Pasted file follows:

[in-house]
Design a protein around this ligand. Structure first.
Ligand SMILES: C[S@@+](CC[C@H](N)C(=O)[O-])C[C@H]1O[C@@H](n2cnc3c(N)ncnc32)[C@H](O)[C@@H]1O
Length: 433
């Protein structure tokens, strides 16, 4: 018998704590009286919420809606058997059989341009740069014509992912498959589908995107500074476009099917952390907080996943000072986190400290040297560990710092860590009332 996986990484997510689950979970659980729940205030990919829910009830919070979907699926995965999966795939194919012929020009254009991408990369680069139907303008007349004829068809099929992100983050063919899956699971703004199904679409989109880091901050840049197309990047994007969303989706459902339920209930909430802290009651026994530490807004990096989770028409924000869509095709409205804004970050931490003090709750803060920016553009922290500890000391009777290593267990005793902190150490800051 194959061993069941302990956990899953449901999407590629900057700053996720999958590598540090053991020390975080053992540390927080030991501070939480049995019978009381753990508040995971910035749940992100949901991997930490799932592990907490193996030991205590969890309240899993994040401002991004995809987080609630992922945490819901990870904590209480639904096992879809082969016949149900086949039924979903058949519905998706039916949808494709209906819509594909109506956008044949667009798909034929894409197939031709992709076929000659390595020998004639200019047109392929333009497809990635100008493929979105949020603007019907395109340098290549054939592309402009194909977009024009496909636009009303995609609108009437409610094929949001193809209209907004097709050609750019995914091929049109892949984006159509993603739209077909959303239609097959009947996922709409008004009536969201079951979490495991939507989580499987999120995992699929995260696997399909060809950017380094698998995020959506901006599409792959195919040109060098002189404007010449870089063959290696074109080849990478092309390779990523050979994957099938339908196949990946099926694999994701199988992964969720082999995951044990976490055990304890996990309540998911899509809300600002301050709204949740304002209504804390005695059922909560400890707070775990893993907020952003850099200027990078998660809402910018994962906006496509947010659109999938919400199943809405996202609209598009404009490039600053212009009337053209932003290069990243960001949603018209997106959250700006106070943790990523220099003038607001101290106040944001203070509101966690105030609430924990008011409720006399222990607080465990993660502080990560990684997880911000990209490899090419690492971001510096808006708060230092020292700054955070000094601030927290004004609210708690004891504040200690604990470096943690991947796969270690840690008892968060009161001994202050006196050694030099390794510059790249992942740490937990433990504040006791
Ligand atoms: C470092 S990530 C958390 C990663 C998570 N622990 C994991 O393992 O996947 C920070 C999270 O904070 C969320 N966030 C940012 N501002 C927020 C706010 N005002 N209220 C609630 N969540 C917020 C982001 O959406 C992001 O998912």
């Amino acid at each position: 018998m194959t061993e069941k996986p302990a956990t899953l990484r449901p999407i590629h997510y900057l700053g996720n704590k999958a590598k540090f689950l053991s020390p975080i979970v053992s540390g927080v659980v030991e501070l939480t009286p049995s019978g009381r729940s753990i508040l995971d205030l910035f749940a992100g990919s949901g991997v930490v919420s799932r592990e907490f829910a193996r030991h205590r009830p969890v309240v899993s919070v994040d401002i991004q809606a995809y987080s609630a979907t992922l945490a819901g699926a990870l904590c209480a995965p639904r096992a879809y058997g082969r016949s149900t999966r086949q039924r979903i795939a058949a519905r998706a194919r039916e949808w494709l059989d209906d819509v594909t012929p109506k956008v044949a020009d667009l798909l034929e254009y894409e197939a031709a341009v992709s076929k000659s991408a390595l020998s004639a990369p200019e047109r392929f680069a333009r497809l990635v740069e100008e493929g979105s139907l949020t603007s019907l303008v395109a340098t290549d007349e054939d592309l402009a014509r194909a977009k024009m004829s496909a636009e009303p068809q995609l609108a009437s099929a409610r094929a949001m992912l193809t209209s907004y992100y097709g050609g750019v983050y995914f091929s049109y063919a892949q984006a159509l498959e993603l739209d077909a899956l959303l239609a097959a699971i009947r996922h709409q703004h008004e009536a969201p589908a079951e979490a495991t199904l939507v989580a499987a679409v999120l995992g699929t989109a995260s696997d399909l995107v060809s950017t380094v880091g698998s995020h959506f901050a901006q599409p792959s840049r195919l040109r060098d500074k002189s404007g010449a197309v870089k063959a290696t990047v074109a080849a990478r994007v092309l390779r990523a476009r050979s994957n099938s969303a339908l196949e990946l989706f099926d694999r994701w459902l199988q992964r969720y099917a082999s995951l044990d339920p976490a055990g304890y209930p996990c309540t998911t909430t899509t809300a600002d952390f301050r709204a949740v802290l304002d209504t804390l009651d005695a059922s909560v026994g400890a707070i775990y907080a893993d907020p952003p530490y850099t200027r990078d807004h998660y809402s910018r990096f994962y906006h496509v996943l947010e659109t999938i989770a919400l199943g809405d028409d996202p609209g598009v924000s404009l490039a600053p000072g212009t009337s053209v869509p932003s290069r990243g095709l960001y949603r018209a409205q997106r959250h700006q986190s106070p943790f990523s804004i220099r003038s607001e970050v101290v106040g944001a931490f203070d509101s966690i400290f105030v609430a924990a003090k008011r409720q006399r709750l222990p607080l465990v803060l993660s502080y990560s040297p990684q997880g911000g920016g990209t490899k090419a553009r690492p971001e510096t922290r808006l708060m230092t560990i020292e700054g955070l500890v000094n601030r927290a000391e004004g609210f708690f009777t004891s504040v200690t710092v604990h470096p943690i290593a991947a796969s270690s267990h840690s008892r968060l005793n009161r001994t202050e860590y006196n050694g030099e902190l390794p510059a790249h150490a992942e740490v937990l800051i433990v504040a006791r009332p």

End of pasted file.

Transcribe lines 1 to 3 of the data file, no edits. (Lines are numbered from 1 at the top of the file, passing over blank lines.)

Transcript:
[in-house]
Design a protein around this ligand. Structure first.
Ligand SMILES: C[S@@+](CC[C@H](N)C(=O)[O-])C[C@H]1O[C@@H](n2cnc3c(N)ncnc32)[C@H](O)[C@@H]1O